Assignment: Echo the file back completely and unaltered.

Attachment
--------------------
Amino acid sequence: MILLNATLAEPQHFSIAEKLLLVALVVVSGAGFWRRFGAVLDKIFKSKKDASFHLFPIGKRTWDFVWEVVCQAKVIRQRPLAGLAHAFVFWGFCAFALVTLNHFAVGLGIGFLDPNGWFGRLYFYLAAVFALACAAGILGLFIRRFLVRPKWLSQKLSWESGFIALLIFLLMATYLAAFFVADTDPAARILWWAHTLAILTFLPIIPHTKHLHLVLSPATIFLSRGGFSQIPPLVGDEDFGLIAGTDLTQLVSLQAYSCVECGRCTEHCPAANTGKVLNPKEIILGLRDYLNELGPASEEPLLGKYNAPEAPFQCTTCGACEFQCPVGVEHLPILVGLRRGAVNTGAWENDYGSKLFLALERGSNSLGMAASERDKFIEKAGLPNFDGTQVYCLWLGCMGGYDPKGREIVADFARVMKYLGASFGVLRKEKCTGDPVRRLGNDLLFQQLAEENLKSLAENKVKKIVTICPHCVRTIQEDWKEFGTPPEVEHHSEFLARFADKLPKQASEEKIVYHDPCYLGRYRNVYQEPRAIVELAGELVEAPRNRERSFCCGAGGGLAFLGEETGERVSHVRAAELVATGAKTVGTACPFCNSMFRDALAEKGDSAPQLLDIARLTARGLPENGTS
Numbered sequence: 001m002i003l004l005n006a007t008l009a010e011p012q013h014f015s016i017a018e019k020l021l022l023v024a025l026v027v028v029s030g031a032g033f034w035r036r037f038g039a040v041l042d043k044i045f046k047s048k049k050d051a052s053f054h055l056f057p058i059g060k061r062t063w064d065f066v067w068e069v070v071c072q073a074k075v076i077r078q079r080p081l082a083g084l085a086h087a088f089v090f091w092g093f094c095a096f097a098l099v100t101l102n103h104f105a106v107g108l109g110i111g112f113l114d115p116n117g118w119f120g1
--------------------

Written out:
Amino acid sequence: MILLNATLAEPQHFSIAEKLLLVALVVVSGAGFWRRFGAVLDKIFKSKKDASFHLFPIGKRTWDFVWEVVCQAKVIRQRPLAGLAHAFVFWGFCAFALVTLNHFAVGLGIGFLDPNGWFGRLYFYLAAVFALACAAGILGLFIRRFLVRPKWLSQKLSWESGFIALLIFLLMATYLAAFFVADTDPAARILWWAHTLAILTFLPIIPHTKHLHLVLSPATIFLSRGGFSQIPPLVGDEDFGLIAGTDLTQLVSLQAYSCVECGRCTEHCPAANTGKVLNPKEIILGLRDYLNELGPASEEPLLGKYNAPEAPFQCTTCGACEFQCPVGVEHLPILVGLRRGAVNTGAWENDYGSKLFLALERGSNSLGMAASERDKFIEKAGLPNFDGTQVYCLWLGCMGGYDPKGREIVADFARVMKYLGASFGVLRKEKCTGDPVRRLGNDLLFQQLAEENLKSLAENKVKKIVTICPHCVRTIQEDWKEFGTPPEVEHHSEFLARFADKLPKQASEEKIVYHDPCYLGRYRNVYQEPRAIVELAGELVEAPRNRERSFCCGAGGGLAFLGEETGERVSHVRAAELVATGAKTVGTACPFCNSMFRDALAEKGDSAPQLLDIARLTARGLPENGTS
Numbered sequence: 001m002i003l004l005n006a007t008l009a010e011p012q013h014f015s016i017a018e019k020l021l022l023v024a025l026v027v028v029s030g031a032g033f034w035r036r037f038g039a040v041l042d043k044i045f046k047s048k049k050d051a052s053f054h055l056f057p058i059g060k061r062t063w064d065f066v067w068e069v070v071c072q073a074k075v076i077r078q079r080p081l082a083g084l085a086h087a088f089v090f091w092g093f094c095a096f097a098l099v100t101l102n103h104f105a106v107g108l109g110i111g112f113l114d115p116n117g118w119f120g1